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Electric Six
Heartbeats & Brainwaves
Metropolis Records
8/10

With Electric Six’s Heartbeats & Brainwaves—the disco-punk-metal’s eighth album in nine years—the Detroit-based sextet may not break any new ground, but therein lays their charm. Arguably the most prolific band in existence right now, singer Dick Valentine and his five cohorts are content to crank out their brand of earnest inanity, and they aren’t all that interested in changing up their formula for broader appeal; one gets the impression their flirtation with the mainstream at the outset of their career was enough for them. They’re something of the indie realm’s equivalent to AC/DC—debauched, innuendo-spewing rockers who refuse to take themselves seriously and whose only concerns seem to be having fun and bringing their fans along for the ride.

That’s not to say the band doesn’t add a little spice to their familiar concoction. For the first time since his debut-album duet with Jack White (I’m sorry, “John S. O’Leary,” *nudge, wink*), Valentine shares lead vocal duties on several tracks. “It Gets Hot” is the band’s first foray into hip-hop, courtesy guest rapper Andy D.’s appearance during the bridge, while “Interchangeable Knife” finds Electric Six at their most experimental, thanks to a reappearance by Andy D. and some childlike female crooning from She Bits (c’mon, it’s not like anyone on an Electric Six record will have anything other than a stage name). The album also finds the band returning to some of its ‘80s electro-synth pop roots, an element downplayed on their last couple of releases. Keyboardist Tait Nucleus? (don’t question the question mark) in particular shines, reaffirming his spot as the band’s unsung hero after having his contributions mitigated of late.

Opener “Psychic Visions” finds Valentine hamming up his best Nick Cave impression over a wall of down-tempo synth lines and drum machine beats, though the foreboding gives way to befuddlement once one starts listening to the lyrics. Truly, Valentine’s trademark coupling of witty wordplay with nonsense to make a successful rhyme is in fine form throughout the album, and the first song adequately sets the stage—“I see her dancing in the Latin quarter/Abbreviations make everything shorter.” It only gets more confounding from there with “Don’t take away my good time drinking problem/Don’t mind my demons when they speak to you” (“I Go Through Phases”) and “Now she’s living on a fiery line/with a fridge filled with French bacon/Mouthing all the words of a famous mime/For which she’s commonly mistaken” (“French Bacon”). The specter of Captain Beefheart looms heavy here, something Valentine directly addresses in “Food Dog,” aping a few of the Captain’s lyrics from “Floppy Boot Stomp.”

The head-scratching charisma Valentine oozes comes down to this prevalent absurdity. He delivers every lyric, no matter how ludicrous, with the utmost authority and conviction. Take “Gridlock!” for example: “Science is just a suspension of belief/A way to explain away the grief/And every policeman needs a chief.” As soon as he’s about to touch on something profound, there comes the jackknife turn to the ridiculous. He’s funny, sure, but in a six-degrees-removed kind of way. Is he funny despite his attempts to be sincere, or vice versa? If it’s a joke he’s singing, he’s not in on it, even though he’s the one who penned it. He exists, nay, thrives, in that thin netherworld between clever and stupid. Plus, it doesn’t hurt that he is a genuinely gifted vocalist with quite a range (think of him as a more accessible Mike Patton), though again, his macho-baritone may be one long bit or irony.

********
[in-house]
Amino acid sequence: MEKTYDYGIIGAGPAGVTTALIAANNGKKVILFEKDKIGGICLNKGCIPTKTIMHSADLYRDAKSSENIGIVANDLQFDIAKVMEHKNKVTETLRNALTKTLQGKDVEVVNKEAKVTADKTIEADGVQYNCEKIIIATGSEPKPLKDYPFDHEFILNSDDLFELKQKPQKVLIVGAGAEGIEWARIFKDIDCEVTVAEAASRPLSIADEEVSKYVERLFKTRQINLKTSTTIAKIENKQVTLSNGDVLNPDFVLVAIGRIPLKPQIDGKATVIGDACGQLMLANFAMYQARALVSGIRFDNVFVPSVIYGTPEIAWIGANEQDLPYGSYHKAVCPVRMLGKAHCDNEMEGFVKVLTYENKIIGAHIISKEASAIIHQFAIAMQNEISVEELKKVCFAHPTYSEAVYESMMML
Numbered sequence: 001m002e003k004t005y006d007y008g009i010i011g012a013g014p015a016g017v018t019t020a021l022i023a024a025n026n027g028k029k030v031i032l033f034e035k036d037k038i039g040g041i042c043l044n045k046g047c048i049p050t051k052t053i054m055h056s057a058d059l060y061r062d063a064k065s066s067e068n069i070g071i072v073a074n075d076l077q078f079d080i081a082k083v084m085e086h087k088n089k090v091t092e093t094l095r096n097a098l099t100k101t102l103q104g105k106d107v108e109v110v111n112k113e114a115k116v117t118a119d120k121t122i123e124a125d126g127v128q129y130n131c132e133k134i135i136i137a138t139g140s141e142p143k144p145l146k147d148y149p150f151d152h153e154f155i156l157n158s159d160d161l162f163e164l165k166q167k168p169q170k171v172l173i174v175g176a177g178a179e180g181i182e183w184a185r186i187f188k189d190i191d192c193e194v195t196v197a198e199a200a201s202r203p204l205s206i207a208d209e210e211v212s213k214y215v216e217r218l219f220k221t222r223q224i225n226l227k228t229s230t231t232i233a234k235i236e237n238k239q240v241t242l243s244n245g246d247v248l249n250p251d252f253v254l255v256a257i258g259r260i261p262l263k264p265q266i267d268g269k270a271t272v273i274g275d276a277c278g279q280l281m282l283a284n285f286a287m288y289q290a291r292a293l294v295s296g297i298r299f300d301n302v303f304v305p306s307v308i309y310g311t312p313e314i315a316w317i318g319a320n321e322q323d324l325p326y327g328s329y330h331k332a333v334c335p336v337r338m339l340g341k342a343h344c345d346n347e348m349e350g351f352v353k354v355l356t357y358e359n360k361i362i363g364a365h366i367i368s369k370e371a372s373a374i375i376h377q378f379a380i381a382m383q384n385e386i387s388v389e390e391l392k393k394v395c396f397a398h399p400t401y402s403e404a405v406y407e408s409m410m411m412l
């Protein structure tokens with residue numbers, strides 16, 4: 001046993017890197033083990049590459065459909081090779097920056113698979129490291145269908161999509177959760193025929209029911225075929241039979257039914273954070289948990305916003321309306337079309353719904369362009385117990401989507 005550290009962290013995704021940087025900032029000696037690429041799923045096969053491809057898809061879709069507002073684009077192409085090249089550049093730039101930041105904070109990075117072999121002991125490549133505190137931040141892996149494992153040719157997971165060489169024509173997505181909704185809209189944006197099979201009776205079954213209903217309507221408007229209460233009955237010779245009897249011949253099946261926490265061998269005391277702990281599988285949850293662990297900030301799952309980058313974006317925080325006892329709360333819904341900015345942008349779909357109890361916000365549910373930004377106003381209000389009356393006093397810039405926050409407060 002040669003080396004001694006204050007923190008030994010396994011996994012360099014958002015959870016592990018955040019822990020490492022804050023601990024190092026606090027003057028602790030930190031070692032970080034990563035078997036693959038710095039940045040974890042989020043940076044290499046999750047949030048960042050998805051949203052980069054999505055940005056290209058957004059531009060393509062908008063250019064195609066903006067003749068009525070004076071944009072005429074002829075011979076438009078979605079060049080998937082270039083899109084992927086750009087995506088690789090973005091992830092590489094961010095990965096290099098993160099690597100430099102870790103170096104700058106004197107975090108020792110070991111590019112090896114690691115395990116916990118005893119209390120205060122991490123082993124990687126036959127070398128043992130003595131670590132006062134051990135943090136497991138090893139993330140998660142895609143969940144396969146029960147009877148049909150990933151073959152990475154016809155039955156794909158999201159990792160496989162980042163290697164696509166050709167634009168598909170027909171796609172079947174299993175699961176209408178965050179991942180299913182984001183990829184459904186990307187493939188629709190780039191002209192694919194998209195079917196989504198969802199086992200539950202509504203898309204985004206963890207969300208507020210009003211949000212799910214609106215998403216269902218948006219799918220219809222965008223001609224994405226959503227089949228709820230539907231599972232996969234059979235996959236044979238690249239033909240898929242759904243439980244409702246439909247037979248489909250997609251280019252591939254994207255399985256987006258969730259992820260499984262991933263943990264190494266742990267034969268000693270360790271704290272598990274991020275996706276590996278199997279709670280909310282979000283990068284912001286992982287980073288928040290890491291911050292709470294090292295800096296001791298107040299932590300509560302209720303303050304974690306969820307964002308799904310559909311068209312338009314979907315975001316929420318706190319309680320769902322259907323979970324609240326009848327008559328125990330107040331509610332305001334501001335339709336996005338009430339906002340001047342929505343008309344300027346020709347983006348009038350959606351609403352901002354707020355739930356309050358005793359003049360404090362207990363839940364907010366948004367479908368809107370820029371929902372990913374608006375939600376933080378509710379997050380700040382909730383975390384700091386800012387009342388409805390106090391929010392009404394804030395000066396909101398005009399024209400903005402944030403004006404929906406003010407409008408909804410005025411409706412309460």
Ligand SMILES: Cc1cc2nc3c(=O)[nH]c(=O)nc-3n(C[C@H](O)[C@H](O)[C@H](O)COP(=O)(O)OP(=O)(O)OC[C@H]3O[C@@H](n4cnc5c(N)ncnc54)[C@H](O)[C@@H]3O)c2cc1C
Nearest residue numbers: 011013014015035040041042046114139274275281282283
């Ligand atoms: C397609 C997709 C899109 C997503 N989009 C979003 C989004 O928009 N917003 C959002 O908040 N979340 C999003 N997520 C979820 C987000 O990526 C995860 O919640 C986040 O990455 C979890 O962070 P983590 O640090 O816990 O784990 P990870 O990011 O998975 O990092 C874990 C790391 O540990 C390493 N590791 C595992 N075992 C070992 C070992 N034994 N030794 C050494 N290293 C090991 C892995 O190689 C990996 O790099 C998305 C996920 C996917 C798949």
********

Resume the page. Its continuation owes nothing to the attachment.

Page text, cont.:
The band continues the contradictions that define them, such as the direct subtlety of Valentine’s sex-dripping lyrics in “It Gets Hot,” the intense indifference of “Free Samples,” the self-aware ignorance of “The Intergalactic Version” (“We write the same song over and over again”), and social commentary mixed with decadence in “We Use the Same Products.” With that last one, the question is again raised—are they criticizing consumerism and superficiality, or are they mocking artists who are serious in using rock as a medium for airing their discontent? Regardless, their bread-and-butter catchiness remains intact, evidenced by the wild abandon, sing-along choruses (“Hello!/I seeeee you/Hello!/Therrrrre” and “Free samples/They’re giving shit awaaaayyyy”) and the can’t-help-but-move-to-it grooves.

Of course, with every E6 album, there are duds, something the band probably recognizes as a means of proving nothing is perfect, that everything must have its warts to be authentic. “Bleed For The Artist” and “Eye Contact” are the throw-aways.

Will Heartbeats & Brainwaves win Electric Six any new fans? Nah, probably not, but for those who have stuck by them for years, it is a welcome addition to the band’s repertoire.
-Cole Waterman